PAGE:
Vienna — Iraq, which has consistently violated its oil production quota under the OPEC+ supply accord, is urging other members to support deepening the group's output cuts.
The current 1.2 million b/d production cut agreement, which runs through March, should be increased to 1.6 million b/d, oil minister Thamir al-Ghadhban told reporters on arrival in Vienna ahead of the OPEC+ meetings Thursday and Friday.
Merely rolling over the cuts "is not enough to stabilize the market," Ghadhban said. "There is a proposal to add a further 400,000 b/d, [but] this is not final. This is subject to agreement between OPEC+."
Any deal would require unanimous approval among the 24-country coalition, a consensus that may be difficult to achieve, analysts say.
The OPEC+ coalition's delegate-level Joint Technical Committee met earlier Tuesday, where only scenarios of an extension at current quota levels were reviewed, a source familiar with the deliberations told S&P Global Platts.
Russia, in particular, has said it sees no need to make any decision at this week's meetings, preferring to wait until closer to the agreement's March expiry to announce any changes, if needed.
Russia is the main non-OPEC participant in the deal, and OPEC has taken great pains to keep it on board to increase the coalition's market clout, despite its lackluster quota compliance.
"Russian producers are already struggling with maintaining their compliance with the current agreement, particularly now that the cold season is approaching," said Sara Vakhshouri, who heads the consultancy SVB Energy. "Further cuts from current agreed level at this meeting are not easy for Russia to commit to."
But Ghadhban said that deeper supply curbs would help address "slow demand [growth] expected for next year," and that any agreed cuts would be shared among all members. A proposed 1.6 million b/d cut was discussed at the OPEC+ coalition's meeting in December 2018, but some members had objected, resulting in the current 1.2 million b/d cut accord.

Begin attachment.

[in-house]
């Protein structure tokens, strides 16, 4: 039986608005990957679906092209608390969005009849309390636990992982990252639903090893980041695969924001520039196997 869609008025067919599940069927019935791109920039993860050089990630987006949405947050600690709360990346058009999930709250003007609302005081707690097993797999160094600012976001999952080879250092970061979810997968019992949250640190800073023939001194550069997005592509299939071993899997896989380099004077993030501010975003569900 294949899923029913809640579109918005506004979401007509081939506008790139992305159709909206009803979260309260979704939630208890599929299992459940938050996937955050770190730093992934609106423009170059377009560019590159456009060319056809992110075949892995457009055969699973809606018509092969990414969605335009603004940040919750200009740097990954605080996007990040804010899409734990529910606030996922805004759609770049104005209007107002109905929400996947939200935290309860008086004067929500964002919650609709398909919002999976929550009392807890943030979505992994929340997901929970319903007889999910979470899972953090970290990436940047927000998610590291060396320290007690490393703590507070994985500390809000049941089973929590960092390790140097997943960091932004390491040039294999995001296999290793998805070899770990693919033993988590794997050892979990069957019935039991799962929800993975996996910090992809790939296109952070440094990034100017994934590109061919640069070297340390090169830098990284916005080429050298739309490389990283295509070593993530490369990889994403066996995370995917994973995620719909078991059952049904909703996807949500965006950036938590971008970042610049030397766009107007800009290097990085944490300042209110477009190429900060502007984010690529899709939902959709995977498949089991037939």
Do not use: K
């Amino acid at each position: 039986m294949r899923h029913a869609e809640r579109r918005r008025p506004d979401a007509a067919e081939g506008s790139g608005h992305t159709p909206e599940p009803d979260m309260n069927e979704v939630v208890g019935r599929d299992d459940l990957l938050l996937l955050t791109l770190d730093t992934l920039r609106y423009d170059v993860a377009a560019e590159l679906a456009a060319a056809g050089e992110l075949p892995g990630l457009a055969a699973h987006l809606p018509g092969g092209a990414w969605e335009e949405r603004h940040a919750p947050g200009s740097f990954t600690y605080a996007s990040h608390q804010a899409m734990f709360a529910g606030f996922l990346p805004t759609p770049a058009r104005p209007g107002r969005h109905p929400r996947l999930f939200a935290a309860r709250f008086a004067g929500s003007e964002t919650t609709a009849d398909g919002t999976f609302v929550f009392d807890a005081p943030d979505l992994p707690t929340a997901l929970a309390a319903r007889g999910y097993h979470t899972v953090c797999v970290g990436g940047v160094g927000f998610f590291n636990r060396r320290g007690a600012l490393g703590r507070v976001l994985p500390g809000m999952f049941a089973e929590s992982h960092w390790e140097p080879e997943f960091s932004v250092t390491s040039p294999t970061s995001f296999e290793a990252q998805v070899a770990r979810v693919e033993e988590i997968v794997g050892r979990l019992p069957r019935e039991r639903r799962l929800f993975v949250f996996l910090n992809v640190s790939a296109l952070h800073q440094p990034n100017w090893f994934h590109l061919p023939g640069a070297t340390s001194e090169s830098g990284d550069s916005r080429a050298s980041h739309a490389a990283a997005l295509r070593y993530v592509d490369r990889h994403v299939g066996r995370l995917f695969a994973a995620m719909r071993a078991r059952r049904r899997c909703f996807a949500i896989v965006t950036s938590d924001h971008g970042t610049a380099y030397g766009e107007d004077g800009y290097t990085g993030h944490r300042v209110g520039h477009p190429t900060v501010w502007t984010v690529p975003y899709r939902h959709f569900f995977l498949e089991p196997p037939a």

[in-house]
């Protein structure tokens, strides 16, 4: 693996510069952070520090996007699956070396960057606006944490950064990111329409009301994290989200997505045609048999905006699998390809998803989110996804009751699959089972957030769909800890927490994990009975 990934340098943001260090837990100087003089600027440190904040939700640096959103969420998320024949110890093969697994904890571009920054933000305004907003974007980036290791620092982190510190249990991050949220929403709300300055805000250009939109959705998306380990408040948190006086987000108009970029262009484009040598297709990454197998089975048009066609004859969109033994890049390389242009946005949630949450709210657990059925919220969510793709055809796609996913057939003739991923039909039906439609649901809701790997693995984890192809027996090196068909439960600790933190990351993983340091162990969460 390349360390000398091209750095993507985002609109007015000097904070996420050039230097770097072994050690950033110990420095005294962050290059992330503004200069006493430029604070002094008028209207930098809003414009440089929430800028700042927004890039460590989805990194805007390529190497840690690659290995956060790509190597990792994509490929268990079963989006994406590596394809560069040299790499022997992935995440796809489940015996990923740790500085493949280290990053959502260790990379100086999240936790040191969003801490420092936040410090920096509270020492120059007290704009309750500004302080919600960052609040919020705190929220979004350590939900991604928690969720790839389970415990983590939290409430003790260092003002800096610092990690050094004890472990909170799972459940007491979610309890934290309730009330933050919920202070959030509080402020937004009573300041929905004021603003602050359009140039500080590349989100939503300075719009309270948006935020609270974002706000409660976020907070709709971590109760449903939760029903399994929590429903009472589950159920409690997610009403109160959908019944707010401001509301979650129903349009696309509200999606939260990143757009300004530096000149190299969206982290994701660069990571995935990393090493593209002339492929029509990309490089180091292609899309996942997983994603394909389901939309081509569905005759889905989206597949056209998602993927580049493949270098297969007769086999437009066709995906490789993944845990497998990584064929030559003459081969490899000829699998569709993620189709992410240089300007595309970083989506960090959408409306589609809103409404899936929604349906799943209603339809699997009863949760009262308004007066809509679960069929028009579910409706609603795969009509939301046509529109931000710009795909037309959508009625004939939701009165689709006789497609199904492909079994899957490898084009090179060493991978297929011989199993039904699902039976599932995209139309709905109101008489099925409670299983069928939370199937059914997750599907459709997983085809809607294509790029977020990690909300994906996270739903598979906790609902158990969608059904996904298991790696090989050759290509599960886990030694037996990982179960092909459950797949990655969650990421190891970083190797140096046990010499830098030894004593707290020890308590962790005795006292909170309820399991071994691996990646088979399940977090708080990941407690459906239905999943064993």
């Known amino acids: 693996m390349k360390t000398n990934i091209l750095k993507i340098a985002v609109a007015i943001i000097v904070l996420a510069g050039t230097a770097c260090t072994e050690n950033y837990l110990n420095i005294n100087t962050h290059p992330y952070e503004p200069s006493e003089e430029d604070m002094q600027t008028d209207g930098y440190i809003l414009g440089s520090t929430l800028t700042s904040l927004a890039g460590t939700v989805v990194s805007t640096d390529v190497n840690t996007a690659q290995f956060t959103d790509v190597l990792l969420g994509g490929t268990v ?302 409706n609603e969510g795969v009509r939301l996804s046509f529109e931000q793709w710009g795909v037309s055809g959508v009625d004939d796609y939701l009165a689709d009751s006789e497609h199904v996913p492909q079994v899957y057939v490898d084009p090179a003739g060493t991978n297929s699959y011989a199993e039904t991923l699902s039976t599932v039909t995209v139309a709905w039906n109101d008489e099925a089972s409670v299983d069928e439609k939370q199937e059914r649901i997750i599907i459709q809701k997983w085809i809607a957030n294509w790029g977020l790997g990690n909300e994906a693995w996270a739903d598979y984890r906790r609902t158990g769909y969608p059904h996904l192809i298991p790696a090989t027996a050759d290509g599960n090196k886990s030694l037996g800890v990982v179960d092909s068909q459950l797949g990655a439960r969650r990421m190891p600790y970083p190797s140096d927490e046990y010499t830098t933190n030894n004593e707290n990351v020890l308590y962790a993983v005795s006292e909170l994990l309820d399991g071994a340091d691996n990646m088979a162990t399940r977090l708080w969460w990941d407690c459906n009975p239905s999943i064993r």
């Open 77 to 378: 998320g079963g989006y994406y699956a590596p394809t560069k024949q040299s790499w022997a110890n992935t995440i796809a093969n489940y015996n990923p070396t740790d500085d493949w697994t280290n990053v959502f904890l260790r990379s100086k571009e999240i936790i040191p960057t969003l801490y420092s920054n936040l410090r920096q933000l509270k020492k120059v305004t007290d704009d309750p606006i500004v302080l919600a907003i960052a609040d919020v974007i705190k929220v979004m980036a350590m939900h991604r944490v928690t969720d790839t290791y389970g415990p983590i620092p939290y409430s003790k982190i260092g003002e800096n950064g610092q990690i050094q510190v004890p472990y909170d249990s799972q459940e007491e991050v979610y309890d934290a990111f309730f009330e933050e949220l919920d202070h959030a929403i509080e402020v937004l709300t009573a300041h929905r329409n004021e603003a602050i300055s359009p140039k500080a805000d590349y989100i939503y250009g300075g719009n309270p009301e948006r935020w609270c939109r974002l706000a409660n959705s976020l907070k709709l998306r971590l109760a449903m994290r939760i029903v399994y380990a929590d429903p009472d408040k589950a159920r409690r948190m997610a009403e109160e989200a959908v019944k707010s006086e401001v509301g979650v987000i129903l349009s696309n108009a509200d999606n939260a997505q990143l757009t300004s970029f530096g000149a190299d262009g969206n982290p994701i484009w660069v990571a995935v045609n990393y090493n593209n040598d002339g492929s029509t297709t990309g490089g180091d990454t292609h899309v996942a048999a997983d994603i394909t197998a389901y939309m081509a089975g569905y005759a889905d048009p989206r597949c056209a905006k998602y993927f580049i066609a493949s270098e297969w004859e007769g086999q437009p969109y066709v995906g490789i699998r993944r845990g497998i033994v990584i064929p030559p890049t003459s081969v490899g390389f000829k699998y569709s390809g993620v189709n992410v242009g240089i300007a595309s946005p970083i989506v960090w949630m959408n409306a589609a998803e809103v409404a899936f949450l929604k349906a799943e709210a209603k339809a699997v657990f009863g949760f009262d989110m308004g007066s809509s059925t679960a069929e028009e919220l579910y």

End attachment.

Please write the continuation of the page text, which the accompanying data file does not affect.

Ghadhban dismissed any potential objections by Russia, saying that its energy minister, Alexander Novak, has said he hopes for a "constructive" meeting.
"Nobody is an obstacle," Ghadhban said.
As for Iraq's own compliance, the minister said it was improving. Iraq, OPEC's second largest producer, has not pumped below its quota of 4.51 million b/d since April, according to its own figures reported to OPEC. It has come under pressure from other members to bring its output in line with its quota and stop free-riding on the efforts of others.
Ghadhban said current production was hovering around 4.60 million b/d.
"We have delivered most of our cuts," he said.
Recent deadly protests in Iraq's southern provinces near key oil fields and facilities have not impacted production levels, he added.
Government sources and officials with oil companies operating in Iraq told Platts that production has rebounded from a brief disruption in November when protesters blocked roads that forced the shut-in of the 30,000 b/d Qayyarah Field.
A recent deal the federal government reached with the semi-autonomous Kurdistan Regional Government, under which the KRG will cap production at 450,000 b/d and transfer 250,000 b/d of that to federal authorities, will help with Iraq's compliance, Ghadhban said.
KRG output has averaged around 450,000 b/d to 500,000 b/d in recent months, according to Platts estimates.
"If the KRG is allowed to produce and export without a cap then it will be very difficult for a federal minister to commit himself to a specific quota," Ghadhban said.
Baghdad and Erbil have been at loggerheads over oil revenues, with the KRG insisting on a larger share of Iraq's federal budget, while the federal government laid claims to about half of the crude that the KRG has been exporting.
The minister insisted that the agreement with KRG will be valid even after the departure of Prime Minister Adil Abdul Mahdi, who tendered his resignation on Friday.
"We are still in charge, and we are now finalizing the budget law for 2020," Ghadhban said. "There have been discussions and, yes, I could say firmly that we have agreed so far. It is still valid and will be part of commitment of the regional and federal governments."
--Edited by Richard Rubin, firstname.lastname@example.org